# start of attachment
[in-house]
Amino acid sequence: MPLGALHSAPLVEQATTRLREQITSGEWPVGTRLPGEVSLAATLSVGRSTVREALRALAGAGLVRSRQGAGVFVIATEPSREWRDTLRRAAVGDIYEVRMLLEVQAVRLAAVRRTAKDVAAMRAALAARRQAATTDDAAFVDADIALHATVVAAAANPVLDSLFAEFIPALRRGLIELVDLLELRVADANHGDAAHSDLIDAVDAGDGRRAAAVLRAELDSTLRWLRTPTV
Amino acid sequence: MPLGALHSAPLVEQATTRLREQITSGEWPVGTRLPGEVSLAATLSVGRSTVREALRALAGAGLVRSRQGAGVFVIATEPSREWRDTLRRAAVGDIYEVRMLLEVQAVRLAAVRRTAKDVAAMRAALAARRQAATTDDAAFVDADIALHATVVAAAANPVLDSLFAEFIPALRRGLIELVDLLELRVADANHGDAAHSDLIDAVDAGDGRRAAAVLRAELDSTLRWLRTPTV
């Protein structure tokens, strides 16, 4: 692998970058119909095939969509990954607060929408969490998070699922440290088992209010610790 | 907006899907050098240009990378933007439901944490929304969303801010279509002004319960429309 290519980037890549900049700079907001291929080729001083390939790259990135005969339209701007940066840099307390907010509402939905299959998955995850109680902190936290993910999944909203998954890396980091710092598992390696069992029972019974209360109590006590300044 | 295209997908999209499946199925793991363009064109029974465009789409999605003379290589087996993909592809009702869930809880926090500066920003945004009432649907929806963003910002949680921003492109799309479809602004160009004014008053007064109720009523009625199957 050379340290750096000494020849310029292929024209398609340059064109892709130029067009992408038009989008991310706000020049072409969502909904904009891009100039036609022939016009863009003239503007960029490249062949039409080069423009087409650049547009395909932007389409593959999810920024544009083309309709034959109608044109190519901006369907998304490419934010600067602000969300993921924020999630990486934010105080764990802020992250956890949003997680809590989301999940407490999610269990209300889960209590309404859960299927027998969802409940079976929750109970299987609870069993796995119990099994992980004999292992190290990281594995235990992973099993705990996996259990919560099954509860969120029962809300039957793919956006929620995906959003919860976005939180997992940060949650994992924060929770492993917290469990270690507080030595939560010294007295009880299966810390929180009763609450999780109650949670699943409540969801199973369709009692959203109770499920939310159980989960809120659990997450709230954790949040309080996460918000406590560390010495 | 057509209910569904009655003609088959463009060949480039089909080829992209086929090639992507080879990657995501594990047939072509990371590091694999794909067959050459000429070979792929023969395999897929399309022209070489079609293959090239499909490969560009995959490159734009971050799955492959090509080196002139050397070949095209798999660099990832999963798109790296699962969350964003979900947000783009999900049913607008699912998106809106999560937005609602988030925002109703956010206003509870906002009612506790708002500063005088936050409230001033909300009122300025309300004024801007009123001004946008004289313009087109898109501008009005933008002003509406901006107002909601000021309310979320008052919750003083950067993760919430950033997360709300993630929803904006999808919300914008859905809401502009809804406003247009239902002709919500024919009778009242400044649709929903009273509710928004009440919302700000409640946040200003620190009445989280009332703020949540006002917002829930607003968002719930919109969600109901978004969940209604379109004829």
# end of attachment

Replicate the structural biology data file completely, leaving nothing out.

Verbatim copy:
[in-house]
Amino acid sequence: MPLGALHSAPLVEQATTRLREQITSGEWPVGTRLPGEVSLAATLSVGRSTVREALRALAGAGLVRSRQGAGVFVIATEPSREWRDTLRRAAVGDIYEVRMLLEVQAVRLAAVRRTAKDVAAMRAALAARRQAATTDDAAFVDADIALHATVVAAAANPVLDSLFAEFIPALRRGLIELVDLLELRVADANHGDAAHSDLIDAVDAGDGRRAAAVLRAELDSTLRWLRTPTV
Amino acid sequence: MPLGALHSAPLVEQATTRLREQITSGEWPVGTRLPGEVSLAATLSVGRSTVREALRALAGAGLVRSRQGAGVFVIATEPSREWRDTLRRAAVGDIYEVRMLLEVQAVRLAAVRRTAKDVAAMRAALAARRQAATTDDAAFVDADIALHATVVAAAANPVLDSLFAEFIPALRRGLIELVDLLELRVADANHGDAAHSDLIDAVDAGDGRRAAAVLRAELDSTLRWLRTPTV
């Protein structure tokens, strides 16, 4: 692998970058119909095939969509990954607060929408969490998070699922440290088992209010610790 | 907006899907050098240009990378933007439901944490929304969303801010279509002004319960429309 290519980037890549900049700079907001291929080729001083390939790259990135005969339209701007940066840099307390907010509402939905299959998955995850109680902190936290993910999944909203998954890396980091710092598992390696069992029972019974209360109590006590300044 | 295209997908999209499946199925793991363009064109029974465009789409999605003379290589087996993909592809009702869930809880926090500066920003945004009432649907929806963003910002949680921003492109799309479809602004160009004014008053007064109720009523009625199957 050379340290750096000494020849310029292929024209398609340059064109892709130029067009992408038009989008991310706000020049072409969502909904904009891009100039036609022939016009863009003239503007960029490249062949039409080069423009087409650049547009395909932007389409593959999810920024544009083309309709034959109608044109190519901006369907998304490419934010600067602000969300993921924020999630990486934010105080764990802020992250956890949003997680809590989301999940407490999610269990209300889960209590309404859960299927027998969802409940079976929750109970299987609870069993796995119990099994992980004999292992190290990281594995235990992973099993705990996996259990919560099954509860969120029962809300039957793919956006929620995906959003919860976005939180997992940060949650994992924060929770492993917290469990270690507080030595939560010294007295009880299966810390929180009763609450999780109650949670699943409540969801199973369709009692959203109770499920939310159980989960809120659990997450709230954790949040309080996460918000406590560390010495 | 057509209910569904009655003609088959463009060949480039089909080829992209086929090639992507080879990657995501594990047939072509990371590091694999794909067959050459000429070979792929023969395999897929399309022209070489079609293959090239499909490969560009995959490159734009971050799955492959090509080196002139050397070949095209798999660099990832999963798109790296699962969350964003979900947000783009999900049913607008699912998106809106999560937005609602988030925002109703956010206003509870906002009612506790708002500063005088936050409230001033909300009122300025309300004024801007009123001004946008004289313009087109898109501008009005933008002003509406901006107002909601000021309310979320008052919750003083950067993760919430950033997360709300993630929803904006999808919300914008859905809401502009809804406003247009239902002709919500024919009778009242400044649709929903009273509710928004009440919302700000409640946040200003620190009445989280009332703020949540006002917002829930607003968002719930919109969600109901978004969940209604379109004829």